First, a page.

Friday, August 19, 2011

D&D and the Gift Economy

As I was looking through some of the old school modules I realized that they were jam packed with magic items and that in fact there probably was more weapons and armor than a party could really use even with upgrades.

After some thought it occurred to me that maybe these were supposed to be given to henchmen as part of a D&D gift economy.

Let me explain, the default play style I am used to is

The Party, this is the PC's , and the occasional pet, NPC or familiar.

However there is another option I've seen mentioned in extended play,one I call the Warband

This setup consists of the PC's, their pets (dogs, familiars, mules, animal companions, horses) NPC hirelings (Mercs to keep monsters away from the MU or horse, torch bearers, specialists) and henchmen (NPC's with levels)

This kind of set up lowers the difficulty of the module and means more treasure recovery (more eyes to search means more chances to spot loot and concealed or secret items) and that extra magic treasure instead of being sold for cash (a difficult task all in all) is gifted to increase both the power and loyalty of henchmen. Thus instead of the module having tons of treasure it has basically about enough for a larger troop.

This hearkens back the original idea of D&D as a war-game extension and explains why there is as much emphasis on Charisma. In such games not only is Charisma not a dump stat but its vital to the long term success. It also ties into the "followers" system for Fighters, Thieves and the others too . Reaching "name" level gives you a free boost to your leadership as a bonus for playing that long.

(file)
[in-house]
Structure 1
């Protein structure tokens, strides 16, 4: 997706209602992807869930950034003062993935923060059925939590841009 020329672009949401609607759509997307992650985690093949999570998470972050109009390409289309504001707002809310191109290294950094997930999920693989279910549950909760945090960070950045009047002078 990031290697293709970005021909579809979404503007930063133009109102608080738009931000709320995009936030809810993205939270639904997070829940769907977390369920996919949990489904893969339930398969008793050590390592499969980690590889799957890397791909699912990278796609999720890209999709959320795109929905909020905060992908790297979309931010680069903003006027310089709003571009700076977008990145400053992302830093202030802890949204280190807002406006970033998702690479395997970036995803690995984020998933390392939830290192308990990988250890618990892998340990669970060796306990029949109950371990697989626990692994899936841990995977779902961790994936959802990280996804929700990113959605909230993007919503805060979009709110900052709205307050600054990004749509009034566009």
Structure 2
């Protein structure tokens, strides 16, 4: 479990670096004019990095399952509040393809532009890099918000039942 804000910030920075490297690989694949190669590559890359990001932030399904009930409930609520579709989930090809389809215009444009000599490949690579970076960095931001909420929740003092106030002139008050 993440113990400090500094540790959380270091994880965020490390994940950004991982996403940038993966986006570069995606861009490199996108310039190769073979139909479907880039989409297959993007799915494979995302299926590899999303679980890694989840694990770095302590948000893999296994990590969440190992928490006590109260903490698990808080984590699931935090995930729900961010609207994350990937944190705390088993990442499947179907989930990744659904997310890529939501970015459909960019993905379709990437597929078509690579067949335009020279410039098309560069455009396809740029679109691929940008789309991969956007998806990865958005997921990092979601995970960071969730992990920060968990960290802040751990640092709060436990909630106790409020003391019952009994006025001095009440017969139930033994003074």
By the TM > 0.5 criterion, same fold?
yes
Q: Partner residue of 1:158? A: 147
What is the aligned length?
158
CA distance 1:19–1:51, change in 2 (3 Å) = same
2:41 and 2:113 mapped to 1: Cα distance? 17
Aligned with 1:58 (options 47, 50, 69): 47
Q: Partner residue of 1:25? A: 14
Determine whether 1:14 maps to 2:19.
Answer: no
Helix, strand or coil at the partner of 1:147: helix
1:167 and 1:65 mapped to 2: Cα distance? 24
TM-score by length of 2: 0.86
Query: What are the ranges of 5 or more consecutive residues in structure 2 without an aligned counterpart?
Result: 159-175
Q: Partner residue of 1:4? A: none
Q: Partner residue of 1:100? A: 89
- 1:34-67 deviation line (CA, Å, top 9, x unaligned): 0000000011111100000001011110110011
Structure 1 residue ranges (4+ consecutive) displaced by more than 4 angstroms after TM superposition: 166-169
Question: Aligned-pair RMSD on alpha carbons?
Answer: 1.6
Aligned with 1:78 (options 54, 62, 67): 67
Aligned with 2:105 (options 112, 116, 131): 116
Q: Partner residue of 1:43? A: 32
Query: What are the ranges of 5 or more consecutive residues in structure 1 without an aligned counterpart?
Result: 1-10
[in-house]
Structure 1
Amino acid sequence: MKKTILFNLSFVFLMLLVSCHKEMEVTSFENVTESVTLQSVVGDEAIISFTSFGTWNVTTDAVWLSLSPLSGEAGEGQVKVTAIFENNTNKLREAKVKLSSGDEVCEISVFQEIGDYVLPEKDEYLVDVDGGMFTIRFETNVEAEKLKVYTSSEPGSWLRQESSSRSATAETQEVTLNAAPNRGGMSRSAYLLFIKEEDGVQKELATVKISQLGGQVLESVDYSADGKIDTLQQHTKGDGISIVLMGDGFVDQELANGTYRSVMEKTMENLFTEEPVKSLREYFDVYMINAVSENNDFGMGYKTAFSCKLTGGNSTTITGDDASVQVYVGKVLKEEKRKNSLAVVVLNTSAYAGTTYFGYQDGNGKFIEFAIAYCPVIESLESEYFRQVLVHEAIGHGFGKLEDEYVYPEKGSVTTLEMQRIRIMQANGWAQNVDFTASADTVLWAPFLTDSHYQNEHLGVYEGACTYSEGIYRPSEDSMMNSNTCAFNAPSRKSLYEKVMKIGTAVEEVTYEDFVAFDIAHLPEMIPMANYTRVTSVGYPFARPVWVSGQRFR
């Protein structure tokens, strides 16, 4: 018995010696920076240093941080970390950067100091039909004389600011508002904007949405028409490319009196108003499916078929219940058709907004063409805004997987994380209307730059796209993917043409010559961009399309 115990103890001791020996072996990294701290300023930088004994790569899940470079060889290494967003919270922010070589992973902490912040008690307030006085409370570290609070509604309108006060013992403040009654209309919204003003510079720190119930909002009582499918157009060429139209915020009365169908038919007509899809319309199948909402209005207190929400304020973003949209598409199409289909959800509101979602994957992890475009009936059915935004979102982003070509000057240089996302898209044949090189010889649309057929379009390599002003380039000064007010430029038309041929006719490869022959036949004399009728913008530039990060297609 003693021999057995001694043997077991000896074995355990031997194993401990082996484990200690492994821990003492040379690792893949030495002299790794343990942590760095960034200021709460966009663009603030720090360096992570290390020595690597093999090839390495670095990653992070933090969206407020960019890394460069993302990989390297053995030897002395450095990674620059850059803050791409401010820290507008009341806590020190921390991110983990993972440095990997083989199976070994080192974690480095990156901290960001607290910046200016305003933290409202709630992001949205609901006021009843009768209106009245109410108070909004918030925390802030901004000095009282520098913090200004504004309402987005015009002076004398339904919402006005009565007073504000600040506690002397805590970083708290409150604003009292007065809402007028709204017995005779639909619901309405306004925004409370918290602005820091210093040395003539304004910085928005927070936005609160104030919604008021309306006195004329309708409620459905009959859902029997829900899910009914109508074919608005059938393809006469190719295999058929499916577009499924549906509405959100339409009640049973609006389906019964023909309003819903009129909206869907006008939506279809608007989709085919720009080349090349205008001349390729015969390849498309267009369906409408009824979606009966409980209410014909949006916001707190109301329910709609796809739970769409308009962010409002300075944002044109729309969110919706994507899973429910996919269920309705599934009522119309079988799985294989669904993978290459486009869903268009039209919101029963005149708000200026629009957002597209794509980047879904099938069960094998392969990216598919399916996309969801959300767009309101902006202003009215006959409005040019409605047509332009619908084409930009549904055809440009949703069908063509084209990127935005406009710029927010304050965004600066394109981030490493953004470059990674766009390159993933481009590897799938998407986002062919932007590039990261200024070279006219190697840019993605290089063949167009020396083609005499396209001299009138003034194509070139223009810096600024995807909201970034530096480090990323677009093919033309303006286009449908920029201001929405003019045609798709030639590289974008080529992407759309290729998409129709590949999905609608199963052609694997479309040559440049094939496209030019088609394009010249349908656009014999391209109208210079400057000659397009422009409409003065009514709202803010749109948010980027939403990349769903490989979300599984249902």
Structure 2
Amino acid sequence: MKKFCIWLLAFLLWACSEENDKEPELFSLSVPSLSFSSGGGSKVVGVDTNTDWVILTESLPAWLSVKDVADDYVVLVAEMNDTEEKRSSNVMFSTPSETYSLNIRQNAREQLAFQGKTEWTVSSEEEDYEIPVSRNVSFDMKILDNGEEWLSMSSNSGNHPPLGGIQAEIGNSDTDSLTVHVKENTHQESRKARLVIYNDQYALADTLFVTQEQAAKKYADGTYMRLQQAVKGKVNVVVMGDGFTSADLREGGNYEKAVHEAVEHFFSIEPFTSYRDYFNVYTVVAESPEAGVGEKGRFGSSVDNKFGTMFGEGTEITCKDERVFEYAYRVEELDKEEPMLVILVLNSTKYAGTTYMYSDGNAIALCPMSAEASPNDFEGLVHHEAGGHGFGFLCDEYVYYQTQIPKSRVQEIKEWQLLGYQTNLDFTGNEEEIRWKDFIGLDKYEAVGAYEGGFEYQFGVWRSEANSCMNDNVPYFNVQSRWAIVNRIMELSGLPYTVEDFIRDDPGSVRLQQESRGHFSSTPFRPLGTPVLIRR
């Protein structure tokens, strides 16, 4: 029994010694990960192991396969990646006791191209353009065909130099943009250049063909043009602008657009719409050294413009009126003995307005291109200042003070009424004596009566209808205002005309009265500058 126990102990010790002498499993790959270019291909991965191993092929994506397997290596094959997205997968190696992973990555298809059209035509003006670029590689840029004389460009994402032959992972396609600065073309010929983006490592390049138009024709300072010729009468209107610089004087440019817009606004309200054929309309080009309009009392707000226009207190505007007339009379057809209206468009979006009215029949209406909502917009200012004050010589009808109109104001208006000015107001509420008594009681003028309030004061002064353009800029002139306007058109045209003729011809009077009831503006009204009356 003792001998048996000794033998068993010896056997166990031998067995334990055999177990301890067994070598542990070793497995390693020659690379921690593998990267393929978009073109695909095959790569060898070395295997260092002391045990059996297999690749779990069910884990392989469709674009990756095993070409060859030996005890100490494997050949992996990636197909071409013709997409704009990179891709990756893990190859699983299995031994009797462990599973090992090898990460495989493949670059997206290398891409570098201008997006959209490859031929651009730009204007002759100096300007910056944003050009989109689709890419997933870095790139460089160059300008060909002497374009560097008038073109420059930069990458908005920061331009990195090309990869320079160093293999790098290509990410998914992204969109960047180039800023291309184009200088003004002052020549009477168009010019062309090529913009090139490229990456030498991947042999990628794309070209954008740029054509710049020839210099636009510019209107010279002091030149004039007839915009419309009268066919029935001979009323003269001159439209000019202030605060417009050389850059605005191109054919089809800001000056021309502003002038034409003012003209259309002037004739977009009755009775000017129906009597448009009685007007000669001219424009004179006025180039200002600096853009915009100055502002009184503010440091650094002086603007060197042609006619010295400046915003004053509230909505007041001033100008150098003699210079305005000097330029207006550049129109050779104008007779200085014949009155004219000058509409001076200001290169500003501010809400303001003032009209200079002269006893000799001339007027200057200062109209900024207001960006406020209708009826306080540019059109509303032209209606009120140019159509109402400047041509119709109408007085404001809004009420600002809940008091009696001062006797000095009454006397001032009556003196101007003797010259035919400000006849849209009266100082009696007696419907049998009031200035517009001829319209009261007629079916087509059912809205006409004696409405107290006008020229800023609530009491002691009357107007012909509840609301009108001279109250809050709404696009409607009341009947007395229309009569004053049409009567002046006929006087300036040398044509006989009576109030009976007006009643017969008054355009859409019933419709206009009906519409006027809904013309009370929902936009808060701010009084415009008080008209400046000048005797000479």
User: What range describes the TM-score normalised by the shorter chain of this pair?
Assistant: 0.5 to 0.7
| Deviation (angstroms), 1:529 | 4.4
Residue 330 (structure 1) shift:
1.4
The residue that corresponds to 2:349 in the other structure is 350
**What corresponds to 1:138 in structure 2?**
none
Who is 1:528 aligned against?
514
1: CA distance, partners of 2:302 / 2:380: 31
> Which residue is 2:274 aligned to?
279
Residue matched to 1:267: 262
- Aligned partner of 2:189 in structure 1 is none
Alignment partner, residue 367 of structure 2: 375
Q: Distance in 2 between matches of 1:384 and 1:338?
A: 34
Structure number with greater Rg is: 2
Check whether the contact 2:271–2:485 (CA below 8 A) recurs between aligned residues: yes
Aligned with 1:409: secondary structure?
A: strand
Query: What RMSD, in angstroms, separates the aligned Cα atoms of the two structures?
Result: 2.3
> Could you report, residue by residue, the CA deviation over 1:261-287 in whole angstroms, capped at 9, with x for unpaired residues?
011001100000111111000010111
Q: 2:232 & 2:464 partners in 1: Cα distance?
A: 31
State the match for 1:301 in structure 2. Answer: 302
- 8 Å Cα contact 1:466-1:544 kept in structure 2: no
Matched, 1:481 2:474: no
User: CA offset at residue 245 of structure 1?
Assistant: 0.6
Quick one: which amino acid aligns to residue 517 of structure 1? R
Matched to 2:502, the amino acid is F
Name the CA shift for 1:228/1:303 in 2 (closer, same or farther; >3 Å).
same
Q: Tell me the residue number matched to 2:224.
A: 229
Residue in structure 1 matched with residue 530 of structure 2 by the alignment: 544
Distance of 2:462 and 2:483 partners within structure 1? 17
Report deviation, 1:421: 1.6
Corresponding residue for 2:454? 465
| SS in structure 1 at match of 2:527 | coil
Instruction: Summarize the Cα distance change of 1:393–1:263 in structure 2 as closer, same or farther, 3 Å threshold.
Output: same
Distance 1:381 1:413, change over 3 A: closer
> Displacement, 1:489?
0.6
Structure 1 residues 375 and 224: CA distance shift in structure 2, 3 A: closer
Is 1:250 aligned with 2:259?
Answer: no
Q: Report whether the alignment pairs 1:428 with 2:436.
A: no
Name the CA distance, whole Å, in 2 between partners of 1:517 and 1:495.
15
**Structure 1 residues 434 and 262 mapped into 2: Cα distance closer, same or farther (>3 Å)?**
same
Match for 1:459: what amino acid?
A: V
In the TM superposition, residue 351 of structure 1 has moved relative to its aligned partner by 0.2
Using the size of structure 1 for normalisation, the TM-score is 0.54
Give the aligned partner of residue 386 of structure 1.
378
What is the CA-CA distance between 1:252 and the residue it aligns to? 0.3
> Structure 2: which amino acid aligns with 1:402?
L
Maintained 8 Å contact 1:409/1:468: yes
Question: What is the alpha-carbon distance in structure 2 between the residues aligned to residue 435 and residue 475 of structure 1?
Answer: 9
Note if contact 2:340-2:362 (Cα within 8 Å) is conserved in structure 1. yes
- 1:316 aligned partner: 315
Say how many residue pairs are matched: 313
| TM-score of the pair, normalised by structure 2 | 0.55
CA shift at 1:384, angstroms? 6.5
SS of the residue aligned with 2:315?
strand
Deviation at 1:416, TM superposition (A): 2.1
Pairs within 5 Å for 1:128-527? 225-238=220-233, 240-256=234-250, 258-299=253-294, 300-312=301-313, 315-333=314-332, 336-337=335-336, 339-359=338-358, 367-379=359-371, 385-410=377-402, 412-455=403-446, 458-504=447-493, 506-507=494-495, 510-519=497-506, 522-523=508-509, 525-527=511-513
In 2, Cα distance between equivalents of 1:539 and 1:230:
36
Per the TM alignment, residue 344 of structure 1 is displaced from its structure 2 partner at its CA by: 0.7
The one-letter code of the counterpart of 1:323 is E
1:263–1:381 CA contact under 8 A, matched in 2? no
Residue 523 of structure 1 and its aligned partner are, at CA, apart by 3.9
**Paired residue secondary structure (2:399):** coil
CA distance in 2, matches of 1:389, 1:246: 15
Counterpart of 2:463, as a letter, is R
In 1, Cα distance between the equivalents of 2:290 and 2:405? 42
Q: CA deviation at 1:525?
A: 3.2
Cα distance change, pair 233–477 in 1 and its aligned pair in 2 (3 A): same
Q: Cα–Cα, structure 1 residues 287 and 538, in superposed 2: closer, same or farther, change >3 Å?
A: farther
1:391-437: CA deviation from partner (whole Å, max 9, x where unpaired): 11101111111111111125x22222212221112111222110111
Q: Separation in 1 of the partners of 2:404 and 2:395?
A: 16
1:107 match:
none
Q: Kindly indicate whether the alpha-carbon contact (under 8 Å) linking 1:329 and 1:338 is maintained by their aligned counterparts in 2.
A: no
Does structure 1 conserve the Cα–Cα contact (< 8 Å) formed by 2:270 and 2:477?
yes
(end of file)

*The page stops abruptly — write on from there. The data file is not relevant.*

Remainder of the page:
Now I'll note that this does slow down the advancement rate (XP sharing and all) a little at low to middle levels but thats an intentional as it results in longer more involved campaigns. And it has only modest effects in high levels, also intentional as by that time, the PC's are playing the post game anyway.

So what do you all think?


  1. Great insight as to why Charisma was so important. Not sure I had seen it put forth before. The connection that it was a RPG that still had most of its roots in war games makes many of the arguments about some of the mechanics being silly a lot less valid. When looked at a hybrid or chimera it explains much away. The way AC and damage work can probably be attributed to that as well.

  2. Very good observation. And it opens up to a forgotten style of play :-)